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At 09:05 AM 12/13/99 +1100, Strike wrote:
>On Sunday, December 12, 1999 4:27 PM, Reef Fish wrote;
>
>>You need somebody to kick up some sand here!  Regretably, I'll
>> be gone again, DIVING this time in Cozumel, for the rest of this CENTURY
>> (and shut up, Chuck, about the pedantry about this century <G>) a couple
>> more days!  :-)
>
>It's dark and dirty work - but somebody has to do it!  :-)
 
I know, I know.  I feel guilty reading about you and Bjorn doing all
that dirty work, so I felt the need to do some of that myself!  :o)
>
>> At 11:30 AM 12/12/99 +1100, Strike wrote in reply to Kevin Koroluk:
>>
>> Great reply!   But I can't resist this one:
>> >
>> >Diving does, of course, carry with it a high level of potential risk.
>But
>> >good training methods have reduced this potential to the point where it's
>> >often stated that diving is safer than netball, bowling,
>>
>> Yeah, Strike ... about bowling vs scuba:
>>
>> Here are dozens of events that may have been recorded in the book of
>> "accidents" or "injuries" in SCUBA (Saturday Club Unwinding Bowling
>> Association):
>
>(snip)
>
>> But how many bowling accidents resulted in paralysis (as in type II
>> DCI), embolism, ..., or FATALITY?  :-)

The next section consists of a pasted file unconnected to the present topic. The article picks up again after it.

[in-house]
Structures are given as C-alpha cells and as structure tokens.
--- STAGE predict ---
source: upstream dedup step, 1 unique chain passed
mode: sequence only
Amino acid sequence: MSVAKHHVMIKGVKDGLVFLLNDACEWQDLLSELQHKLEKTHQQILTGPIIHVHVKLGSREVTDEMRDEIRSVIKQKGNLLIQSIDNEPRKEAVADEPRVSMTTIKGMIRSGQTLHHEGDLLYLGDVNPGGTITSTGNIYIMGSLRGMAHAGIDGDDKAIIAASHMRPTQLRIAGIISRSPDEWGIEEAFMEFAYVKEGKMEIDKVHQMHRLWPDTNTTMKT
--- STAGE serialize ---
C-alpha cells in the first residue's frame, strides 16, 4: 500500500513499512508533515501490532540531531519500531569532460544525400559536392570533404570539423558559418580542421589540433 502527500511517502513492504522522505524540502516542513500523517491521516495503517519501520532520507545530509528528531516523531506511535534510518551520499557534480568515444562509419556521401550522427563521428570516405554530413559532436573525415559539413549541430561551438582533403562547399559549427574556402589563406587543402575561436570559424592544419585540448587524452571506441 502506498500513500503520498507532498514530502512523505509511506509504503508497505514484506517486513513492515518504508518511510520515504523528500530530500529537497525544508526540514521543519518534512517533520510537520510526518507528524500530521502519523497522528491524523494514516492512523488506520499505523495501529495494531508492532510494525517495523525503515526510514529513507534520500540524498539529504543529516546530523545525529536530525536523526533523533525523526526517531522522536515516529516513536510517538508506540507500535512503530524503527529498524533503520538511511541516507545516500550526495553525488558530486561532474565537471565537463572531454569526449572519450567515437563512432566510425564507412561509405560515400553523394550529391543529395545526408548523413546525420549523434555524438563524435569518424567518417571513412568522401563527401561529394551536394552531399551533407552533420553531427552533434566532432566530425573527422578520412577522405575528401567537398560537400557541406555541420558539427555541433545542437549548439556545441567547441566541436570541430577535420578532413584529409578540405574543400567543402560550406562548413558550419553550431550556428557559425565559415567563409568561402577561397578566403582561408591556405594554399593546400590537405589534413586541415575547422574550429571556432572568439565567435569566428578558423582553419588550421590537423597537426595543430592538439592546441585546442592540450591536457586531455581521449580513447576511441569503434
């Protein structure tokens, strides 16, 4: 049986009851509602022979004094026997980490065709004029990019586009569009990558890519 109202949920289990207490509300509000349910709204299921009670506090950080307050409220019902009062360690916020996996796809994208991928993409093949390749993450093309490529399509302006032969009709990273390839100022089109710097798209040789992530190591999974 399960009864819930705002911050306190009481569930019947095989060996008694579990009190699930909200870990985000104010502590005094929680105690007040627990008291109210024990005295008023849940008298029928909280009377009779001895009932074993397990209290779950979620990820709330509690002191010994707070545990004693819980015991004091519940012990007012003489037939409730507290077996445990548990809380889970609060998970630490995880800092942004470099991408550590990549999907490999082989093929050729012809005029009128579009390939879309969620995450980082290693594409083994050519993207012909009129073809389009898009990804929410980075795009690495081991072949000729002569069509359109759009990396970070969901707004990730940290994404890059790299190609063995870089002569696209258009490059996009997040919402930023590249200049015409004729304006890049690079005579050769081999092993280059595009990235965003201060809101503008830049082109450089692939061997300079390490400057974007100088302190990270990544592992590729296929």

>
>Ah!  Good point! :-)
>
>>From memory - and now that I think about it! - the comparisons in the term,
>"Diving is safer than ...",
 
Seen that heading many times.  :-)
 
>were adapted by the
>diving industry from an article that appeared many years ago in 'Life'
 
Could've been Readers Digest too, I s'ppose.  :)
 
>magazine about shark attacks!
 
Now there may be some truths in THAT subtopic of risks relative to
bowling.  :-)
 
>The author stating that a person was at
>greater risk of *fatal* injury from playing netball, bowling, keeping bees,
>or falling debris from aircraft, etc. than they were by being attacked by a
>shark!   :-)
 
First of all, I know of only about three cases of shark "attacks" ... all
three appearing in Jaws, I fink.  :-)   Then, even if attacked (mistakenly
or otherwise), not many cases of lost limbs were "fatal".  <BG>
 
But those are not good ways to gauge the "risks" in scuba diving, or
fatality rates, in general.
 
Now that you recalled the Life article, I am curious as to how many
BOWLERS suffer from FATAL injury from bowling each year (other than
being shot by a disgruntled loser who happened to have a gun).  :-)
 
>However - and providing people approach it in a sensible fashion! - diving
>certainly has a lower fatality rate than many other activities.  ('Course,
>it's the 'sensible' thing that causes most of the problems!) :-)
 
I have no statistics to dispute or agree with THAT!   :-)
 
-- Bob.